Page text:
|dc.description.abstract||Death and taxes are unavoidable. In terms of the current legislation both estate duty
and capital gains tax (hereinafter referred to as 'CGT') are levied upon death. The
South African National Treasury is reconsidering taxes on death as estate duty
contributes minuscule revenue, and its administration is cumbersome. Worldwide
taxation is based on either source or residence. Because of the R3 500 000 exemption
from estate duty, only wealthy individuals are generally subject to estate duty. Wealthy
individuals make use of the annual R4 000 000 foreign investment capital allowance
by owning offshore property.
The aim of this study is to document how death taxes are currently levied on an estate
which holds offshore property, given the perception that foreign property is exempt
from death duties, and also to consider the impact on taxes payable on offshore
property at death if estate duty were to be abolished. These objectives cannot be
achieved without a thorough understanding of the development and future of estate
duty, the impact of CGT on death, how selected foreign countries levy taxes upon
death, and how residents of South Africa are taxed on property situated within foreign
countries. When CGT was introduced in 2001 the estate duty rate was reduced and it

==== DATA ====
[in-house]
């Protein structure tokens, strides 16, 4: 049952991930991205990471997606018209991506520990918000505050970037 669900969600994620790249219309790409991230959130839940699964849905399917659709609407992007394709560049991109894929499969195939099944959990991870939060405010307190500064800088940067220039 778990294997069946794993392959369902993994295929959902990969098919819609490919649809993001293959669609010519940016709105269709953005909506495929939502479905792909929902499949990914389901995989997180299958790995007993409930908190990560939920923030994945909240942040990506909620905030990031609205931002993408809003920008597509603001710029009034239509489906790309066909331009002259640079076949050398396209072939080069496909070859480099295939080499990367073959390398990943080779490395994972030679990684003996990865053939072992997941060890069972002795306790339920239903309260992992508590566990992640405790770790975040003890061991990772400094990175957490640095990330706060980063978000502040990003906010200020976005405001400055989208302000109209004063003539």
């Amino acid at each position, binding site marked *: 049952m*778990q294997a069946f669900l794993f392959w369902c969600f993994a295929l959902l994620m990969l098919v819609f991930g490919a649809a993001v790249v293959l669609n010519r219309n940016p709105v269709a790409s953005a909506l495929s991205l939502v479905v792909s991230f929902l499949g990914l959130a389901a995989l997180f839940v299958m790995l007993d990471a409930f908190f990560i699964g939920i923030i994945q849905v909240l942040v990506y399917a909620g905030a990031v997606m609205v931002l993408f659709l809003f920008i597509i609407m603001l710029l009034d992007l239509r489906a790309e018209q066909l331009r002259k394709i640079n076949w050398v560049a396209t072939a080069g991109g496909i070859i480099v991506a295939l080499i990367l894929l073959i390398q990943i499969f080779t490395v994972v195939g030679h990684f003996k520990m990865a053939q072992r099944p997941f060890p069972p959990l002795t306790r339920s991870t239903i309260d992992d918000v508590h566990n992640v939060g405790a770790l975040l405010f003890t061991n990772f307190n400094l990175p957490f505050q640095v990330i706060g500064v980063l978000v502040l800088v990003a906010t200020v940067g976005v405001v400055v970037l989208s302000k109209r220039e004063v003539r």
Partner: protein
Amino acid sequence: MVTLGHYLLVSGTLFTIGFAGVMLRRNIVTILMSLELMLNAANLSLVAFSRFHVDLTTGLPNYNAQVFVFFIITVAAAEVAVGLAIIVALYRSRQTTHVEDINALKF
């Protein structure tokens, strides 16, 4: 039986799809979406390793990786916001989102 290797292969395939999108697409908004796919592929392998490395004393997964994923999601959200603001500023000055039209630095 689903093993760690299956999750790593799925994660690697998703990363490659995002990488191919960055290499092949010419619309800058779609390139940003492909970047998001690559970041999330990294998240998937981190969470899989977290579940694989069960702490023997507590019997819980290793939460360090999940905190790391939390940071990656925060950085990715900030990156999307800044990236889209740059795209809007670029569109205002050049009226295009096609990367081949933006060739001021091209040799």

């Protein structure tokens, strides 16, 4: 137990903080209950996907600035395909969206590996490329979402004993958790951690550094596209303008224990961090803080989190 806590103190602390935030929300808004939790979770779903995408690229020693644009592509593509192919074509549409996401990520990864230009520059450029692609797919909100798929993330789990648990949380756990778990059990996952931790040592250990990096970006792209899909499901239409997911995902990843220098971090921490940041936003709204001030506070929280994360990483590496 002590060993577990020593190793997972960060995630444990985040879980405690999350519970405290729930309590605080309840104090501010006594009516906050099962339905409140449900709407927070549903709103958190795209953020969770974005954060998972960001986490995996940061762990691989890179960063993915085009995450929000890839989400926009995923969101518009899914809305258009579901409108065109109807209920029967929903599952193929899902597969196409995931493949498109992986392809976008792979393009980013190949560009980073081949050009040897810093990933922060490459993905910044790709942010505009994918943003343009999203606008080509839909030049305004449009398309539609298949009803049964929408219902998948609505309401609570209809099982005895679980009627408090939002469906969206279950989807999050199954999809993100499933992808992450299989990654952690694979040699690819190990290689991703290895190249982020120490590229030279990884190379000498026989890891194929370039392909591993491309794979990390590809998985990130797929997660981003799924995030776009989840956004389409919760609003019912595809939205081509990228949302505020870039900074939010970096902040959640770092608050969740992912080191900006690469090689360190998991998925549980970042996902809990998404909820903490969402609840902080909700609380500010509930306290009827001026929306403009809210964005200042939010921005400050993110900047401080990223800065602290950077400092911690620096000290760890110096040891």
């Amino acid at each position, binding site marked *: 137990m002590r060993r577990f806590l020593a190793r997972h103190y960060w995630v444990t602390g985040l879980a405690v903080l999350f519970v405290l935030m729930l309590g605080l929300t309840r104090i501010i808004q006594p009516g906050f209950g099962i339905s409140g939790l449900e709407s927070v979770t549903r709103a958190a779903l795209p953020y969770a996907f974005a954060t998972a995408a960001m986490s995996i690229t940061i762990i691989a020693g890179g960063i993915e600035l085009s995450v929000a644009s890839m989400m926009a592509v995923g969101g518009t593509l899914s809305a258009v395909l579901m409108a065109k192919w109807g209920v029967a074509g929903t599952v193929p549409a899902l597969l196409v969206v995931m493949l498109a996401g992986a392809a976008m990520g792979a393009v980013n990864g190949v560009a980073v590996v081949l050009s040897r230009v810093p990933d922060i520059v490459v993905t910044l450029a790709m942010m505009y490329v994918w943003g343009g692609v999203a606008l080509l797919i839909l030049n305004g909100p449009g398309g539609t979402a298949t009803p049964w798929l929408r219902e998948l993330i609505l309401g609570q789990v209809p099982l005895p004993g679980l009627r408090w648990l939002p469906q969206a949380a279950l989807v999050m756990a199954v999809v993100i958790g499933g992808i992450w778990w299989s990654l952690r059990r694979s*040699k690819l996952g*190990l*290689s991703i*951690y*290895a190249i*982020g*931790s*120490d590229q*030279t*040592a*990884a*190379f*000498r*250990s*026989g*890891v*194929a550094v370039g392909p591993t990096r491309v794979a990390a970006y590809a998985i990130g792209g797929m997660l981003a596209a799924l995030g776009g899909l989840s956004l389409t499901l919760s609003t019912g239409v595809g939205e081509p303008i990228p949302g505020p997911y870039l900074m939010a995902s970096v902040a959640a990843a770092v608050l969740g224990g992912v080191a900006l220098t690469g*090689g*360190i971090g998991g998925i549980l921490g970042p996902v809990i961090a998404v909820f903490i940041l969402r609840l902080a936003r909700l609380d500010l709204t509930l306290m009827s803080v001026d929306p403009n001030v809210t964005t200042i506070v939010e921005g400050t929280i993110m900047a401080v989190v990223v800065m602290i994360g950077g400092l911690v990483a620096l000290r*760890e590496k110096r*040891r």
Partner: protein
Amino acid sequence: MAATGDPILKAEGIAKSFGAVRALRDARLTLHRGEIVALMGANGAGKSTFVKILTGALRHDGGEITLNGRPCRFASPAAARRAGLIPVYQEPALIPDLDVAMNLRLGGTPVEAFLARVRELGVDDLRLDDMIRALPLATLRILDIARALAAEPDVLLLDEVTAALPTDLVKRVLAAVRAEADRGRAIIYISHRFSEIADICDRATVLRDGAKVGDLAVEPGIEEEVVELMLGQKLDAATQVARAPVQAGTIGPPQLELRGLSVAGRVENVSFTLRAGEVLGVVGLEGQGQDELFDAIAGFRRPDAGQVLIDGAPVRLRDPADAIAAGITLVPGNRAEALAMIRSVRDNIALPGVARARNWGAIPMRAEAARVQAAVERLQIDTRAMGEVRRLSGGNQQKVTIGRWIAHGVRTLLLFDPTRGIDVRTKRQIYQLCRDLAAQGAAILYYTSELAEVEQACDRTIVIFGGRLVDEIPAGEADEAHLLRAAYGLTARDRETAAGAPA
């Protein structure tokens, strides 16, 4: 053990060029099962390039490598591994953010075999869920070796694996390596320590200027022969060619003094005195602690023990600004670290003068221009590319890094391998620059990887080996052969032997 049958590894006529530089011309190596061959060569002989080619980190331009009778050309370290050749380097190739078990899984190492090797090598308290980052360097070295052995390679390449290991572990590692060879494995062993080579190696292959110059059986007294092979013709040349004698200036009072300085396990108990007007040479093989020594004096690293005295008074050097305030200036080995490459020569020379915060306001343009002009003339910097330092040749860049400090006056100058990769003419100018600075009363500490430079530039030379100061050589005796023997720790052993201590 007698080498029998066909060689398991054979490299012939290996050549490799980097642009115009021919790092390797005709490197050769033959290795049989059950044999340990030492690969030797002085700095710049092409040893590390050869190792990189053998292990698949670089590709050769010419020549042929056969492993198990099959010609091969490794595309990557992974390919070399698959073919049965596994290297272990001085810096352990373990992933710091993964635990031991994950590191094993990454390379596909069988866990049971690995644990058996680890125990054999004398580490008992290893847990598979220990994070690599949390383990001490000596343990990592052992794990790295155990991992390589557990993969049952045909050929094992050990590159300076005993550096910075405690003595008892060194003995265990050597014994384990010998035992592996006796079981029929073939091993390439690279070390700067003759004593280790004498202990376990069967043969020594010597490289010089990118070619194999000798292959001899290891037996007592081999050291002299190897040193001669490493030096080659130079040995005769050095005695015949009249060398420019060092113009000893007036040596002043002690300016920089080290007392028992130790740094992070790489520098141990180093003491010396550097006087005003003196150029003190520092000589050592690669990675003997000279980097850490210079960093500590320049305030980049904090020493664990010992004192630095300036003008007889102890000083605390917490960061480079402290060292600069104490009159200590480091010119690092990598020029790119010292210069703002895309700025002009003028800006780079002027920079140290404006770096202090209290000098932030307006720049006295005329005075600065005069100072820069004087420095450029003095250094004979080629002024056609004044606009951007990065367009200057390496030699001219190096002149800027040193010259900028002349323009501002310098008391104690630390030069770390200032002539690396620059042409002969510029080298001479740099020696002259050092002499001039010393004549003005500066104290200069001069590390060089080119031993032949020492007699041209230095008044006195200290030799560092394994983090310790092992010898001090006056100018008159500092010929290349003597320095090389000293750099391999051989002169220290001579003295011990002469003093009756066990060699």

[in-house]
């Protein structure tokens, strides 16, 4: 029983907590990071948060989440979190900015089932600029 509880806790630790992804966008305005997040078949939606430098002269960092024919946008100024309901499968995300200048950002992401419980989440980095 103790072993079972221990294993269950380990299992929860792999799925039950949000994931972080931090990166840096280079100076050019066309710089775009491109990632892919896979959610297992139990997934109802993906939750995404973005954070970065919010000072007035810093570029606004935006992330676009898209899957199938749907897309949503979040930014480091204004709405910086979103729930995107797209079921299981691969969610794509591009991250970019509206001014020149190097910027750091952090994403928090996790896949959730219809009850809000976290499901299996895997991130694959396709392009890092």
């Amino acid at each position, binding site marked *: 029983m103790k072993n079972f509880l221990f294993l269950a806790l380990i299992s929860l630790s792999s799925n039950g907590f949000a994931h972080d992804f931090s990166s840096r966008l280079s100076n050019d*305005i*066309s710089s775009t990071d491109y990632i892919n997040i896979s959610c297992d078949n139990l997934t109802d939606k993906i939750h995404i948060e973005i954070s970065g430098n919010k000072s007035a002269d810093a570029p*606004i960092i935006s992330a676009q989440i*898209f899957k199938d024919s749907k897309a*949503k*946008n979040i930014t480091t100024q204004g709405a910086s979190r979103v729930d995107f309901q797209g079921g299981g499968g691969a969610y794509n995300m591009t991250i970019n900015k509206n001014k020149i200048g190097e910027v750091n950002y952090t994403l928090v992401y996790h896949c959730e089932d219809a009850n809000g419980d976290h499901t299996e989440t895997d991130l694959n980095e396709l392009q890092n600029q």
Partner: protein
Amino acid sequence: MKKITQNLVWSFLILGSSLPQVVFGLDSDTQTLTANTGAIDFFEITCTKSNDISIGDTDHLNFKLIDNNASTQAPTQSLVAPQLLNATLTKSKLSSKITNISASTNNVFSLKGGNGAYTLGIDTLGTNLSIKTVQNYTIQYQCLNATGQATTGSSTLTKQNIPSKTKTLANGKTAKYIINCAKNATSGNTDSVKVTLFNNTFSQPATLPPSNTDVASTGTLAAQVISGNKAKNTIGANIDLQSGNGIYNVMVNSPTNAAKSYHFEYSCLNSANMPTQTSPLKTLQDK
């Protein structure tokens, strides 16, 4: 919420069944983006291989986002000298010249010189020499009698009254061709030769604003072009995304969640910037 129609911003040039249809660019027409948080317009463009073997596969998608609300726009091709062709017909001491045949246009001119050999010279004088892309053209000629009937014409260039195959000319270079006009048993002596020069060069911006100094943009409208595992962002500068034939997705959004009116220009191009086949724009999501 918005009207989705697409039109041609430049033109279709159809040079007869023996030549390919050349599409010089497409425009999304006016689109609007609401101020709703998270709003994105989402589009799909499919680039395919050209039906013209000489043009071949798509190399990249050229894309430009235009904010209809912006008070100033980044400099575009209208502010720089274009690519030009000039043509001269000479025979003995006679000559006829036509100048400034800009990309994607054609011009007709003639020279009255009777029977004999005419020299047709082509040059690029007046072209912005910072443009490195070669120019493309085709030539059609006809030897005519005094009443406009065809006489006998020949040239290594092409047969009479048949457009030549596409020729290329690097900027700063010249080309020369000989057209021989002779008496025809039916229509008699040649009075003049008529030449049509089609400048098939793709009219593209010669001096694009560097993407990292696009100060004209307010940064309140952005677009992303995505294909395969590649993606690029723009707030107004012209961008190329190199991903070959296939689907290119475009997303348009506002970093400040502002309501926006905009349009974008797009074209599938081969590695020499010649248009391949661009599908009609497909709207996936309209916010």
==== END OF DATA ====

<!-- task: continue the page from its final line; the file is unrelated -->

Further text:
is likely that, if estate duty is repealed, the rate of CGT will be increased.
In South Africa, residents are taxed on worldwide income and capital gains. The
international perspective is that the foreign country has the sovereignty to levy taxes
on a person who owns property situated within its boundaries. An estate which holds
offshore property may also be subject to estate duty in terms of the tax law of that
country which results in double taxation in the hands of the deceased estate. South
Africa has concluded international agreements with a number of foreign countries
through double tax agreements and estate tax treaties to prevent double taxation.
In terms of the Estate Duty Act, and in some of the treaties, a rebate is allowed in
respect of foreign estate taxes paid. However, if estate duty is abolished, the
deceased estate may be liable for estate tax in the foreign country where the assets
are situated and the deceased estate may not qualify for any rebate in South Africa in
respect of foreign taxes paid. Hence, the abolition may have detrimental consequences on the liquidity requirements, and on the heirs, in cases where offshore
property is involved. It is vital that proper estate and tax planning advice is given
before a resident acquires offshore property as the tax implications may be enormous.
The current impact of estate duty and CGT on a resident who owns offshore assets is
that the said taxes will be levied either here in South Africa or in the foreign country.
The effect of capital transfer tax on a resident with an offshore asset can never be